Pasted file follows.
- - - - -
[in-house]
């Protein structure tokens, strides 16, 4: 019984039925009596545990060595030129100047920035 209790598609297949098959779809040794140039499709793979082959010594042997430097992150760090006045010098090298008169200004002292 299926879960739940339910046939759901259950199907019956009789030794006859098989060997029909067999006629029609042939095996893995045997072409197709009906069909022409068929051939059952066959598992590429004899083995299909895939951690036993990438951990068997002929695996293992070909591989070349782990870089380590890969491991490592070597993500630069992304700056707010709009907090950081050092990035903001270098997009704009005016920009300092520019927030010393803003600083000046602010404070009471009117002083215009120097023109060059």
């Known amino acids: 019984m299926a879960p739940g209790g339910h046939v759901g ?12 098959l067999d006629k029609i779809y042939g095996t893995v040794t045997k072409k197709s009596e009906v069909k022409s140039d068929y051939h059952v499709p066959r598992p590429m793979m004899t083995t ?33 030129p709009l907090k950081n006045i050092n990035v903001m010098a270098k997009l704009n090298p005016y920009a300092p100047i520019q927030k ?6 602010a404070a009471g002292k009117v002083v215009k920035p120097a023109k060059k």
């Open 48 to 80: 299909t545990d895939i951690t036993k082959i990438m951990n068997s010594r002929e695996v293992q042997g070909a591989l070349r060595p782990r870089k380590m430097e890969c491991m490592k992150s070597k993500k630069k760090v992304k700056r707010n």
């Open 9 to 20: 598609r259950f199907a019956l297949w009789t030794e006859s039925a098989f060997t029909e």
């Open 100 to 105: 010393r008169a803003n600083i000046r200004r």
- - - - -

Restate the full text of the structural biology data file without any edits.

[in-house]
């Protein structure tokens, strides 16, 4: 019984039925009596545990060595030129100047920035 209790598609297949098959779809040794140039499709793979082959010594042997430097992150760090006045010098090298008169200004002292 299926879960739940339910046939759901259950199907019956009789030794006859098989060997029909067999006629029609042939095996893995045997072409197709009906069909022409068929051939059952066959598992590429004899083995299909895939951690036993990438951990068997002929695996293992070909591989070349782990870089380590890969491991490592070597993500630069992304700056707010709009907090950081050092990035903001270098997009704009005016920009300092520019927030010393803003600083000046602010404070009471009117002083215009120097023109060059």
């Known amino acids: 019984m299926a879960p739940g209790g339910h046939v759901g ?12 098959l067999d006629k029609i779809y042939g095996t893995v040794t045997k072409k197709s009596e009906v069909k022409s140039d068929y051939h059952v499709p066959r598992p590429m793979m004899t083995t ?33 030129p709009l907090k950081n006045i050092n990035v903001m010098a270098k997009l704009n090298p005016y920009a300092p100047i520019q927030k ?6 602010a404070a009471g002292k009117v002083v215009k920035p120097a023109k060059k």
């Open 48 to 80: 299909t545990d895939i951690t036993k082959i990438m951990n068997s010594r002929e695996v293992q042997g070909a591989l070349r060595p782990r870089k380590m430097e890969c491991m490592k992150s070597k993500k630069k760090v992304k700056r707010n």
């Open 9 to 20: 598609r259950f199907a019956l297949w009789t030794e006859s039925a098989f060997t029909e």
């Open 100 to 105: 010393r008169a803003n600083i000046r200004r």